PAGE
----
Three years after the 2016 Brexit referendum, the Labour Party of Jeremy Corbyn has officially situated itself in support of a second referendum under any circumstances, in which they will campaign for Remain against either No Deal or a Tory deal. This is a big step, and its consequences are two-fold. First, a second referendum – and remaining in the EU – seems to be closer than ever. Second, the move will make the Labour Party a competitive party again, especially on the verge of Boris Johnson becoming the next British Prime Minister.
When the ‘Leave’ campaign won the 2016 referendum on British EU membership, the leadership of both the Labour Party and the Tories accepted the result. However, there was a major problem with it: nobody knew what ‘Brexit’ meant in practice. ‘Hard’ or ‘soft’ Brexit? Canada or Norway style? Despite these uncertainties, all along the Brexit negotiations Corbyn’s Labour Party kept advocating for a general election that would allow Labour to negotiate a ‘good’ deal, while arguing that any Tory deal would be ‘bad for jobs’ and labour and environmental standards. This complicity of the Labour Party was crucial for any type of Brexit to happen: a 52-48% majority was not enough to justify Brexit, it also needed the support (or at least the passive consent) of the leader of the opposition. With Corbyn’s Labour (reluctantly) accepting that a ‘left-wing Brexit’ is nothing more than a ‘socialism in one country’ fantasy, the UK remaining in the EU is currently the most likely outcome.
Remaining in the EU is partially possible due to the extreme right takeover of the Conservative Party. In a few weeks, Boris Johnson will become the British Prime Minister. Johnson and his extreme right-wing friends of Nigel Farage’s Brexit Party successfully managed to frame Theresa May’s Brexit deal as ‘not a real Brexit’. This meant that the only ‘real Brexit’ is the catastrophic alternative of ‘no deal’. There are many ‘hard Brexiteer’ activists within the Conservative party and in extreme right-wing circles, but not enough to achieve a social majority. Boris Johnson’s takeover of the Conservative Party might have killed Theresa May’s deal (and her premiership), but is unlikely to achieve Brexit. Especially if it confronts a left-wing Remain party.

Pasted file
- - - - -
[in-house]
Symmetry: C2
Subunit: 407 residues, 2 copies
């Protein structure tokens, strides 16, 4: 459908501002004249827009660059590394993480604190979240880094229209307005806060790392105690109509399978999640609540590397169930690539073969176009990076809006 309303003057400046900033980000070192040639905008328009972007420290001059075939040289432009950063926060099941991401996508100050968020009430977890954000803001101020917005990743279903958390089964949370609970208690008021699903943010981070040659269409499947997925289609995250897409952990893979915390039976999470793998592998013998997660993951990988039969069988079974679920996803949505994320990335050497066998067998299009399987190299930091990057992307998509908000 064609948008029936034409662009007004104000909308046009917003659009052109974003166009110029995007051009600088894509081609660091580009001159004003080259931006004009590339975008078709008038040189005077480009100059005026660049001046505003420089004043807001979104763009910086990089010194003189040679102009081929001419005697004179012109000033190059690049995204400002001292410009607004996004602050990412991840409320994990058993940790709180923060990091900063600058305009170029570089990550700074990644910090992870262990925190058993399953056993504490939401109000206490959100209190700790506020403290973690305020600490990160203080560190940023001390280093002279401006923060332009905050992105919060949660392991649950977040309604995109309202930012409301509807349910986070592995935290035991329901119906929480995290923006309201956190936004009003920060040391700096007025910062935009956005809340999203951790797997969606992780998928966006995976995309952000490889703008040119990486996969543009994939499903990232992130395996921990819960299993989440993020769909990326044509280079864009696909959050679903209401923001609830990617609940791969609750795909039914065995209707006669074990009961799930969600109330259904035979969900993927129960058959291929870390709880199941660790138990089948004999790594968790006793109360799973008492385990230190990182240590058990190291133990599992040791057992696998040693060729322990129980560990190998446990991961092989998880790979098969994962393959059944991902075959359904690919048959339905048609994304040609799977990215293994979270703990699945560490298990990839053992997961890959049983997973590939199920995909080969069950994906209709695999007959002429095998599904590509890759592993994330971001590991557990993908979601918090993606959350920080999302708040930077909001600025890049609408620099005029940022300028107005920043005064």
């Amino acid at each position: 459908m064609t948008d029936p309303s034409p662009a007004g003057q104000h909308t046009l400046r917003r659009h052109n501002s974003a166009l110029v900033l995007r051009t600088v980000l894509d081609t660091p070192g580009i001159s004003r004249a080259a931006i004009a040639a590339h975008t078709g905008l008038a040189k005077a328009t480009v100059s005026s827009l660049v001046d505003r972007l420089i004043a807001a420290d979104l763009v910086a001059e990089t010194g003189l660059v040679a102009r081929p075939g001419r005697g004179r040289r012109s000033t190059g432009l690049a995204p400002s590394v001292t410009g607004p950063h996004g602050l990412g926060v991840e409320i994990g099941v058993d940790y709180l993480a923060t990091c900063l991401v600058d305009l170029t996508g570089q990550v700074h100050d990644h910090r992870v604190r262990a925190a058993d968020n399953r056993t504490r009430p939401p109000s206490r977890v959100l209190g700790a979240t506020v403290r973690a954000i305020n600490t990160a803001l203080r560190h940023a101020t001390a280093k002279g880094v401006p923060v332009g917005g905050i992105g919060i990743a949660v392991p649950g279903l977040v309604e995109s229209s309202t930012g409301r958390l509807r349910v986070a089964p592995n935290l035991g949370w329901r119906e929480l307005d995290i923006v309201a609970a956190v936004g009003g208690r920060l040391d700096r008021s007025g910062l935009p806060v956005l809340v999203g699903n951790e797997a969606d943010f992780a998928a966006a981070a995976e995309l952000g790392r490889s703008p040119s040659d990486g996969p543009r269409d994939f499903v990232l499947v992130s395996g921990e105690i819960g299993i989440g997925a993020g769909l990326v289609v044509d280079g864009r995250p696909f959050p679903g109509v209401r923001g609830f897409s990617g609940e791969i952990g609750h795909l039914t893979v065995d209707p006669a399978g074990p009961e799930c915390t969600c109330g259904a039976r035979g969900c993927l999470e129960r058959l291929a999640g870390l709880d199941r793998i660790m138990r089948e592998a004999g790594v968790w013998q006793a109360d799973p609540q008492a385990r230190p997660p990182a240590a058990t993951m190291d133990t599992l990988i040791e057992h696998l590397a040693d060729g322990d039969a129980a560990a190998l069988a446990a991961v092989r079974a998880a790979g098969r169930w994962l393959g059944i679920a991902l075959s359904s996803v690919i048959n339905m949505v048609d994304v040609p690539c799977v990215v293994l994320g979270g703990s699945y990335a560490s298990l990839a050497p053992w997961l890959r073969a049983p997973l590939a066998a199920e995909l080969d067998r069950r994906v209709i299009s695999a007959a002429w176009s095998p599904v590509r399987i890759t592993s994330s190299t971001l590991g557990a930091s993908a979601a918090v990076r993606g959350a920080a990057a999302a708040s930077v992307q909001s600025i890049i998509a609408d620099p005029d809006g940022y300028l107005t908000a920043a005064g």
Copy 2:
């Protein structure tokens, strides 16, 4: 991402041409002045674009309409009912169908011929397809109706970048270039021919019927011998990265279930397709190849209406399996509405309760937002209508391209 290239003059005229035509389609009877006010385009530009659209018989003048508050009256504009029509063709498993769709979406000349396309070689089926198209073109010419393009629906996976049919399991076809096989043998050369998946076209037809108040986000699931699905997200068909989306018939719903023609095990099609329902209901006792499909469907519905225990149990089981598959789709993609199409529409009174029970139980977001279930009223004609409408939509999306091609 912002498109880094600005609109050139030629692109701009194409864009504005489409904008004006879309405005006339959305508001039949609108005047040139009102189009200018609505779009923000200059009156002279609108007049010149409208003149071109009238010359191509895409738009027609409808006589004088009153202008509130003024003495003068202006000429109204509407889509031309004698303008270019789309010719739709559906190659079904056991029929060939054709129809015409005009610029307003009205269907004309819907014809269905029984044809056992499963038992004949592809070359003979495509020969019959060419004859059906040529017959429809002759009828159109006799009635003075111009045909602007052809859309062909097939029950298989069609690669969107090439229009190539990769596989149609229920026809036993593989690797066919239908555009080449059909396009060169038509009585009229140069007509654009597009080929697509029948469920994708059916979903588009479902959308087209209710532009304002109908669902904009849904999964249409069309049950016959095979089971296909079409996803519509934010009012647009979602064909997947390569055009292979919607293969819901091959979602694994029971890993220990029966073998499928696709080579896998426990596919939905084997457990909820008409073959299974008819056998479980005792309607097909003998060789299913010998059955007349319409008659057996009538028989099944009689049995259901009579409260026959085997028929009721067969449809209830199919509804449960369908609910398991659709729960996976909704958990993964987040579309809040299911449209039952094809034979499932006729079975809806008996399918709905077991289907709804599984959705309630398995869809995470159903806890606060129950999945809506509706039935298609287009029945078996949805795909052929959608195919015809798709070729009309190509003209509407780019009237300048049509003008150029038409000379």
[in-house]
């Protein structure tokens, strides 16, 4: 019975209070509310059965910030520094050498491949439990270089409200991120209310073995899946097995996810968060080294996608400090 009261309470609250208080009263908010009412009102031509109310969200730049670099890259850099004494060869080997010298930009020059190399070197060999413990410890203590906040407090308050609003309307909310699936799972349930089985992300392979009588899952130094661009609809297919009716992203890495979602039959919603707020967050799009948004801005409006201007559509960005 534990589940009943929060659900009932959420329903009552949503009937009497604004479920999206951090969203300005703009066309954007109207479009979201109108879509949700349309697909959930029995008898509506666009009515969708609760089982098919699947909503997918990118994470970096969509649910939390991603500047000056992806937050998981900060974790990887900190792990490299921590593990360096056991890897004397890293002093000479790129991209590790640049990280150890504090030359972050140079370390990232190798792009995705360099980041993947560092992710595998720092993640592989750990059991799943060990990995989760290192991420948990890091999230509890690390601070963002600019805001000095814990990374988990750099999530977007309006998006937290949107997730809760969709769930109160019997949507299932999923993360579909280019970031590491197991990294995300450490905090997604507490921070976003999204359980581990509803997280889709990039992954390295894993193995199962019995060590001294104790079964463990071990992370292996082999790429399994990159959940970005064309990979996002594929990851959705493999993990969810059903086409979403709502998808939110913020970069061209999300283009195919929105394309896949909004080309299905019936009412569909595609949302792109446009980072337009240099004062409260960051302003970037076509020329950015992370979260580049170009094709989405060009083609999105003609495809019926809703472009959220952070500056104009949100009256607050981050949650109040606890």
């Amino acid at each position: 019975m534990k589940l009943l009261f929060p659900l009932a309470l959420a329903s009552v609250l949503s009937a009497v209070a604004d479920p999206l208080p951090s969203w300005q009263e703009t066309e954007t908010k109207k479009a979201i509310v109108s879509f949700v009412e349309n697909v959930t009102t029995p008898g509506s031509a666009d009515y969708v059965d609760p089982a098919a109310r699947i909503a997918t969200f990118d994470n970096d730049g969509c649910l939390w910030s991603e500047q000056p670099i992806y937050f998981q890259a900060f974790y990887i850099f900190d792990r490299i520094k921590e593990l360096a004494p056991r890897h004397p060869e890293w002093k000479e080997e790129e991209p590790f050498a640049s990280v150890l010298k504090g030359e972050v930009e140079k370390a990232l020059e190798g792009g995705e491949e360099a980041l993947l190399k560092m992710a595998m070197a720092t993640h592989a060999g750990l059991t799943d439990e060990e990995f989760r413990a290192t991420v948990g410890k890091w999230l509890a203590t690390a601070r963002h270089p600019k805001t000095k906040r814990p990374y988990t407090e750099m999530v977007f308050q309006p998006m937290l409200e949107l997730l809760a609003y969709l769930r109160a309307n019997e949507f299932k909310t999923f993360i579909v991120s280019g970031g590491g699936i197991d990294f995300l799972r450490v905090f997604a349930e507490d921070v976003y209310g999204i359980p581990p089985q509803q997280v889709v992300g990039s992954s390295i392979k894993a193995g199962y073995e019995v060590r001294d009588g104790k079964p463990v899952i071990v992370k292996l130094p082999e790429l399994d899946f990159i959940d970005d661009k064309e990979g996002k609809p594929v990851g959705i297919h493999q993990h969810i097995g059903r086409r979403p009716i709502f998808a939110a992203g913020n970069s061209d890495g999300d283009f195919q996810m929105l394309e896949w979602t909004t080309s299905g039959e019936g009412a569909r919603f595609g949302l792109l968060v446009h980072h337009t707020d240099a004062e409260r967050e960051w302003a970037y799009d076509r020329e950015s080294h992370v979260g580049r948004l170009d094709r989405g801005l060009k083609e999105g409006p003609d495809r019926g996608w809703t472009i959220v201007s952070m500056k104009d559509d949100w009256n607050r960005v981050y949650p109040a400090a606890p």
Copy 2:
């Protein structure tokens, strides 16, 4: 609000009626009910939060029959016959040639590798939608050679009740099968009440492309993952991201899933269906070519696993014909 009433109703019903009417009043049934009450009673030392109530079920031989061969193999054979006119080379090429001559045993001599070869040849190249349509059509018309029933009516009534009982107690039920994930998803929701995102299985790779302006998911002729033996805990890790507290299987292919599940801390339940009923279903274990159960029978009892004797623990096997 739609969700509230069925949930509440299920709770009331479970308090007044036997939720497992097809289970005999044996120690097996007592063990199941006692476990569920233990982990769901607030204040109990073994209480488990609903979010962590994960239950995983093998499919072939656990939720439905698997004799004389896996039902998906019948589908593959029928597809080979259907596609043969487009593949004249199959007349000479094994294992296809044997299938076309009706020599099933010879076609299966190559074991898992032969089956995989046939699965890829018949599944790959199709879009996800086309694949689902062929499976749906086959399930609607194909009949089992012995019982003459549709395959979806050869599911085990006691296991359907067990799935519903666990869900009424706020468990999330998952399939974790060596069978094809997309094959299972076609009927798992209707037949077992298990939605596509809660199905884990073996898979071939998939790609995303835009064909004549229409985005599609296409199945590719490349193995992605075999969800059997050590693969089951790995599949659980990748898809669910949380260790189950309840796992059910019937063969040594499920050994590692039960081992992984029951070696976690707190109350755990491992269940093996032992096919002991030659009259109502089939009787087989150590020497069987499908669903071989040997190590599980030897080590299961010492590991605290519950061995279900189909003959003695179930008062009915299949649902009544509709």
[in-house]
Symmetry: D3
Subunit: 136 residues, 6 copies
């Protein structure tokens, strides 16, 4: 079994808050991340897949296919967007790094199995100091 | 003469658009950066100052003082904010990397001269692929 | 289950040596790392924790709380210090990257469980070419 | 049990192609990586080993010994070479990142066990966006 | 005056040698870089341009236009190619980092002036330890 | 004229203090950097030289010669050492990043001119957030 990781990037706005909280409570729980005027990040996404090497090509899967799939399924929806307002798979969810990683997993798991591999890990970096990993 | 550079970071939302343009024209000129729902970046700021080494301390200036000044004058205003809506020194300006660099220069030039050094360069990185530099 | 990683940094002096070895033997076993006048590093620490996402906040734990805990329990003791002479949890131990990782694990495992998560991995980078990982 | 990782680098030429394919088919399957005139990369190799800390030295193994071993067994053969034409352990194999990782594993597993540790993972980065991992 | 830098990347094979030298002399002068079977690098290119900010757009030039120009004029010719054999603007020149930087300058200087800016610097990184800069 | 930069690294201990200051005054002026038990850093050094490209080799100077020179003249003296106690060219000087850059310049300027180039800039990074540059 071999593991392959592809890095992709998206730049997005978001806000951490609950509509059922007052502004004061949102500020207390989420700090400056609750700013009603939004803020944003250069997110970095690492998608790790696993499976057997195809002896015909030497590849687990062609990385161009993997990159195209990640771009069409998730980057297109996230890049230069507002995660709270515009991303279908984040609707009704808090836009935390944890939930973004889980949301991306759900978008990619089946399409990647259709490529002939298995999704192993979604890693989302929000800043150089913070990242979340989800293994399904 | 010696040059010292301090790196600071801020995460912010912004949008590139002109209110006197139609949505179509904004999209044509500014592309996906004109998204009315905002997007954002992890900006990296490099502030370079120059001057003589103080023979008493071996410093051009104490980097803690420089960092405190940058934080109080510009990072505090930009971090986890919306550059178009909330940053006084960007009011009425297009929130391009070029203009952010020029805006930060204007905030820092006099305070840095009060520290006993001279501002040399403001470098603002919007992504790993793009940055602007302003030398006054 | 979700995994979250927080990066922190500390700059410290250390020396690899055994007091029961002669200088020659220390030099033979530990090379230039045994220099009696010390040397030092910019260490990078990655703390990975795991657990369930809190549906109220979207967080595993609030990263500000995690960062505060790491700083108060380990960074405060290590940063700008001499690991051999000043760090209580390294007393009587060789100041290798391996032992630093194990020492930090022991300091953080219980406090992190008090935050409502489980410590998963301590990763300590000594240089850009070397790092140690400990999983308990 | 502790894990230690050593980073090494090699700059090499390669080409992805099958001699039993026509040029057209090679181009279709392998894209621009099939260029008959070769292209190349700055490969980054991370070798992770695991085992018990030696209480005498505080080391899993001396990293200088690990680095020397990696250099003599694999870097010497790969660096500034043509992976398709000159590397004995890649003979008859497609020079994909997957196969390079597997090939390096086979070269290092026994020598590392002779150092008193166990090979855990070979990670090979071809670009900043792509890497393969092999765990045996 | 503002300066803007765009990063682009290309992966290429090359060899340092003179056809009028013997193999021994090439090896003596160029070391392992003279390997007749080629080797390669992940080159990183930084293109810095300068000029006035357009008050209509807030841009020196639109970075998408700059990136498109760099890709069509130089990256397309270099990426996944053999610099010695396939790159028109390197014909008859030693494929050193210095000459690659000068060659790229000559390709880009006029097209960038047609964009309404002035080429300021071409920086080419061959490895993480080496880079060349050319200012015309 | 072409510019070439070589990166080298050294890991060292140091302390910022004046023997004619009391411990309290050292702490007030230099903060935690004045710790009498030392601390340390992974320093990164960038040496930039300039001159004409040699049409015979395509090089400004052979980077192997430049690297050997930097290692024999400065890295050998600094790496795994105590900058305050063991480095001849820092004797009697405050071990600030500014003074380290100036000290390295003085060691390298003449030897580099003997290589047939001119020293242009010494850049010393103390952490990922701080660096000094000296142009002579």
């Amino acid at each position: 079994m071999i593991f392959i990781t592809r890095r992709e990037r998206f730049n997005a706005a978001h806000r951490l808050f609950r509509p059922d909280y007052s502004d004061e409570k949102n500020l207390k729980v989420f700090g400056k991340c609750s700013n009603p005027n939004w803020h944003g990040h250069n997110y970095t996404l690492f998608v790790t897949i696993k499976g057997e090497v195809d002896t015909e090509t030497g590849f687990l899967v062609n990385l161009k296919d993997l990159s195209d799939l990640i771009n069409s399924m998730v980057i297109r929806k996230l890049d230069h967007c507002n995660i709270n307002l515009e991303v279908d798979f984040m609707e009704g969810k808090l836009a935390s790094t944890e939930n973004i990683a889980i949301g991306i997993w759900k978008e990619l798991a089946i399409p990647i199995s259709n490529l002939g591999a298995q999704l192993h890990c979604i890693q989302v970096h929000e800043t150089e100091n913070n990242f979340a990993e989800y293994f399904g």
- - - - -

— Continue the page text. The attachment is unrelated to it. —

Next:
Framed by the mainstream media as a ‘radical leftist’, Corbyn has one last chance of surviving as Labour leader and becoming Prime Minister: making Labour the ‘Remain’ party. By doing so, the Labour Party could be the house of left-wing activists of Momentum all the way to centrist liberals that despise both Brexit and Johnson. The 2019 EU elections indicated a shift towards ‘hard Brexit’ on the right with the Brexit Party coming on top, but also a shift towards ‘Remain’ in the centre and in the Left, many traditional Labour votes travelling to the Liberals and the Greens. There is still enough time for the Labour Party to change direction and become the party for those that want to Stop Brexit – and austerity. The fight against Brexit and austerity is the same one: Labour can’t stop austerity without stopping Brexit.
Corbyn was elected as Labour leader in 2015 on the premise that, after a years long ‘Tory light’ Labour leadership, there was an alternative to austerity. While inspiring a lot of young people to become part of the Labour movement, Corbyn’s poor campaign in support of ‘Remain’ during the 2016 referendum, and its later support for Brexit, disenchanted many Labour activists and voters, who shifted towards Liberals and Greens. The argument for Corbyn to support Brexit was that Labour should focus instead on public services and other social justice issues. But Brexit is, and always was, a right-wing project, incompatible with values such as international solidarity and social justice – as has long been argued by the left-wing Remain campaign Another Europe is Possible.
Labour’s latest commitment to support a second referendum and campaigning to Remain is not only about stopping Brexit. If Labour does not credibly take this step, Boris Johnson and the Tories might well rule the UK for the years to come. If instead Labour continues its path to Remain, the continuity of the UK in the EU is closer than we think – as well as a Labour government.